The potential value of the living, structured under the concept of Museum, through the process of urban regeneration, includes the El Prado neighborhood as a territory of key opportunities in cultural management and innovation, through the startup of other economic models that exclude the possibility of gentrification. That is how this research is immersed to an in-depth study of urban regeneration, the understanding of the image of the city as a piece of art and the research on the significance of museums in different instances. Concretizing this way, the conception of the Living Museum as the meaning of urban space that firstly, does not take its collection out of context, but in opposition, is generated around itself, taking advantage of the dynamic, symbiotic, socially balanced spatial and cultural systems in which democratic and spontaneous dynamics that develop, grounds and support an economic, natural and cultural equilibrated system. It is not a matter of creating an untouchable inert environment, but to allowing actions and relationships between visitors and inhabitants that enhance those dynamics. This is how The Museo Vivo El Prado, proposed as a cultural and creative innovation district, will not only generate impact and economic retribution, but it will also make possible the transformation of collective imaginaries, founding their identities and consolidating their image. That will be favored by its initial urban planning energized by the ways of living that happens in this heritage environment, letting it being recognized as its “own brand”, from the territorial marketing, in terms of recognition and promotion within the city, by the incentive of the ‘Orange economy’ that is one of the Colombian National Government goals
In this way, the Museo Vivo El Prado is projected from the understanding of the heritage as a matter of future, standing apart from the traditional concept of a museum, this is, as a static, inert and inanimate concept that takes out the collection of its context and uses the buildings as a supports for other artwork. In Opposition the Museo vivo El Prado places the concept of the museum in the dimension of urban management and regeneration combined with creative economy processes, to be handed over to a democratic, public, open-air space. That is how the urban space is the museum itself, its limits are the territory on which the heritage is administratively placed and the sky as its upper border.
PUBLIC ART IN EL PRADO NEIGHBORHOOD (BARRANQUILLA) Exercise in style
This article aims to study the public art of the El Prado neighbourhood in Barranquilla. For this, the general urban context of the city is analysed, including samples of public art from other urban areas of this city.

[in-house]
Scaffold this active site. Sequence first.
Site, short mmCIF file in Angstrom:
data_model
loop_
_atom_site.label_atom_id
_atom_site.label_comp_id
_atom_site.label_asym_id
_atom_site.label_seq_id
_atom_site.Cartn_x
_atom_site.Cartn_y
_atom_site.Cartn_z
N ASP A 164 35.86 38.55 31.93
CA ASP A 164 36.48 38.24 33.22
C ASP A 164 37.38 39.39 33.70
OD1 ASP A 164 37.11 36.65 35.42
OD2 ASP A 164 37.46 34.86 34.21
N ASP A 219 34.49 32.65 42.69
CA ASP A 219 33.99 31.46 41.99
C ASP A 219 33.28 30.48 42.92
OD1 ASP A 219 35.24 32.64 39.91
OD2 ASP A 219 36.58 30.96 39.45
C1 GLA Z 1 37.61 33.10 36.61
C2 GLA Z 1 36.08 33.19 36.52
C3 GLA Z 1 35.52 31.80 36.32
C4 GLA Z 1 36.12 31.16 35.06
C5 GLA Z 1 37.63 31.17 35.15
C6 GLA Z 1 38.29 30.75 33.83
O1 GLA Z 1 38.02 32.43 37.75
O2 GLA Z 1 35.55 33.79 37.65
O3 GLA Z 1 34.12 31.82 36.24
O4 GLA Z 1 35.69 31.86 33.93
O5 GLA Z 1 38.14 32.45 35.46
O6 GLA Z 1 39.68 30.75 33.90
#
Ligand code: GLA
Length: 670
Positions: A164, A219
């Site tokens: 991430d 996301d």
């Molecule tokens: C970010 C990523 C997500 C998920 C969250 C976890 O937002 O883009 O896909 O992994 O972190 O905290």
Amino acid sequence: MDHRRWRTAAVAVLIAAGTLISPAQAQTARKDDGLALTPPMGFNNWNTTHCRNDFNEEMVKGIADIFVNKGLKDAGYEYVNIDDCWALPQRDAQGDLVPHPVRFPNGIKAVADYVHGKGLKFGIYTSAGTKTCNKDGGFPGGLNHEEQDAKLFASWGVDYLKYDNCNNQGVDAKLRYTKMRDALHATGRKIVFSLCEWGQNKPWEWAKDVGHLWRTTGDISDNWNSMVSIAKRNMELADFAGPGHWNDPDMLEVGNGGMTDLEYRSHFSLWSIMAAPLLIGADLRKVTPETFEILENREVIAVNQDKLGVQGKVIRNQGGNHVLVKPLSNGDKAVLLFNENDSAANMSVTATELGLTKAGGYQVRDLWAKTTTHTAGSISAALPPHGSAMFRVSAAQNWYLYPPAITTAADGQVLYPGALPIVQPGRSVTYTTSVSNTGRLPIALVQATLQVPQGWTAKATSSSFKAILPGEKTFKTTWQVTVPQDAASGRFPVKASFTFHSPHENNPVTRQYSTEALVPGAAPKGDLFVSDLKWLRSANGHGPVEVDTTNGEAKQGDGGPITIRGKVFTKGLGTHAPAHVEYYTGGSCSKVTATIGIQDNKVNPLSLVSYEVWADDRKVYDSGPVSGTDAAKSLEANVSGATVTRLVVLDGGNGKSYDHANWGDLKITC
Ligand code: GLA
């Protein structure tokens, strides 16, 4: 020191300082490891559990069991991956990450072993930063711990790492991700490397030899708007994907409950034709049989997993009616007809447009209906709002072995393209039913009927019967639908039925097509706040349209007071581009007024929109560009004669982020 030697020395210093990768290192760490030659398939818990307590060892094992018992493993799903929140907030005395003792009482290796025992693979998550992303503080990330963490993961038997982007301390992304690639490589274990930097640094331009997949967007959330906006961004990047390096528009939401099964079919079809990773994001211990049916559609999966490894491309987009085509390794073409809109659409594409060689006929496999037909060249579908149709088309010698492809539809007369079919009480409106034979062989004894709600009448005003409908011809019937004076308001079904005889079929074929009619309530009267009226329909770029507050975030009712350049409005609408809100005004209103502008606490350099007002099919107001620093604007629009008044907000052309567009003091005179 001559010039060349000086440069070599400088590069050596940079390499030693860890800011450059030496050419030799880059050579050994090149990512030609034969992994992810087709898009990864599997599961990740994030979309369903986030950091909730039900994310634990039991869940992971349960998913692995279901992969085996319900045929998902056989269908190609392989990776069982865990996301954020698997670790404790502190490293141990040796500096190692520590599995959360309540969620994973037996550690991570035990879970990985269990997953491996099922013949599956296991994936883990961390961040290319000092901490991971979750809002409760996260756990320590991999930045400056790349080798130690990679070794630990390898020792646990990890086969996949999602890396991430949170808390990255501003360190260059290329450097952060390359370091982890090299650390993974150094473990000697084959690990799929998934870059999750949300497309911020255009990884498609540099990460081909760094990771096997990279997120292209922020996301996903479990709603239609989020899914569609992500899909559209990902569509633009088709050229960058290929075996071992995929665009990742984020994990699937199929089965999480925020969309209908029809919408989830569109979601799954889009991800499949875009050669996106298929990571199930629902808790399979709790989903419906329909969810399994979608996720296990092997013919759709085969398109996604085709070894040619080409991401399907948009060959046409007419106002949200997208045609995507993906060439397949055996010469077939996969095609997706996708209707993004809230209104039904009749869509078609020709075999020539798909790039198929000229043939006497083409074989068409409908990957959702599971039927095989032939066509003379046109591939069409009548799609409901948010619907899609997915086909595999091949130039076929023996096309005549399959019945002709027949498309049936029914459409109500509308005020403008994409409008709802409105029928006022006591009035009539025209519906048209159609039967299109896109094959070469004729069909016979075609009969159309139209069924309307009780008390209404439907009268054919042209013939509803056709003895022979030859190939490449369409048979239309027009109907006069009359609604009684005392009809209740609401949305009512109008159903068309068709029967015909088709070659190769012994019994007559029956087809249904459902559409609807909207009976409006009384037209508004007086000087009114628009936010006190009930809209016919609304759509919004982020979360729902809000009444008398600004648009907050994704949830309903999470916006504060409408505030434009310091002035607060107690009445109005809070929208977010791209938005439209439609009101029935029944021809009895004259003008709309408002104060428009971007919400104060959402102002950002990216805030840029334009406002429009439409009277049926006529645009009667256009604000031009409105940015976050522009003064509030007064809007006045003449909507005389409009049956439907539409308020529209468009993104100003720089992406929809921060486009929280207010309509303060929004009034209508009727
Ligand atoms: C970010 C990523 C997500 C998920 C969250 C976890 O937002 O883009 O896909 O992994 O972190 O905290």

The article is structured as an “exercise in style” that puts into dialogue “feeling” and “knowing”. A feeling derived from the experience on the territory obtained in three trips to this city, which is complemented by the analytical knowledge derived from the study of the different issues raised. That is why, from the point of view of reading, a differentiation has been made in typography and its colour. The Calibri light font in black describes the sensations of a gadabout, a Spanish term close to the Baudelairdian flâneur but without its elite charge, immersed in territory. The Courier typography in garnet, contrasts the information obtained sensory with the used analysis documentation.
Ending 2017 the Mataro`s City Council launched a contest in order to draw a strategic plan for the centre of the city.
“The aim of the Ideas Contest is to design a strategy and a model that includes economy, urban development, architecture, mobility and economic, cultural and social development in its actions to allow the city centre to be put forward as a motor of cultural activity, of trade and tourism within a single discourse that revalues its legacy of history and heritage. The selected proposal will become the strategic instrument to develop the Mataró Centre Development Strategic Plan”.Continue reading “Mataró Ideal City” by Jordi Henrich, wins the contest for Centre Development Strategic Plan
The public space is structured in four planes: that of the ground, the vertical (not exclusively of facade); the plane of the air and a fourth plane that can be called zenital. The most studied is the horizontal plane, built from infrastructures, elements of urban service (lighting, vegetation, signage, etc.) and interfacing with urban systems (water, electricity, gas, etc.), with the omnipresent elements of paving. (see)
The study of the vertical plane is reduced to the analysis of the facades, although the vertical containment of public space goes beyond the facades. (see)
Within the framework of the international conference “3rd Aesthehic Energy of the City: URBAN POLARITIES” , the POLIS Research Centre presented the exhibition “20 years working with neighbors” that gathers the main processes of citizen participation in which the Center has intervened since 1997.
The aim of the conference is to critically explore the role of urban art and urban design in shaping the public sphere. The topic of this conference – urban polarization and urban polarities, is aimed at expanding the discussion of the aesthetic experience of the city and the role of various forms of urban creativity – street art, fine arts, architecture and greenery in the processes of urban regeneration and redefinition of city spaces. We would like to look upon the completed and ongoing projects of urban revitalisation and renewal to ask what those changes have taught us, what lessons can be drawn from successful and unsuccessful undertakings. With its specific historical, social and economic characteristics and its present endeavours at revitalisation and redevelopment, Lodz presents itself as an interesting scene for such observations. While discussing the question of urban polarization we would like to reflect on visual, spatial and social polarities that projects of urban renewal might challenge, as well as aesthetic and historical polarities ingrained in urban fabric and everyday life of a city. Continue reading “URBAN POLARITIES. Aesthetic Energy of the City, 3rd International Conference” Call for Papers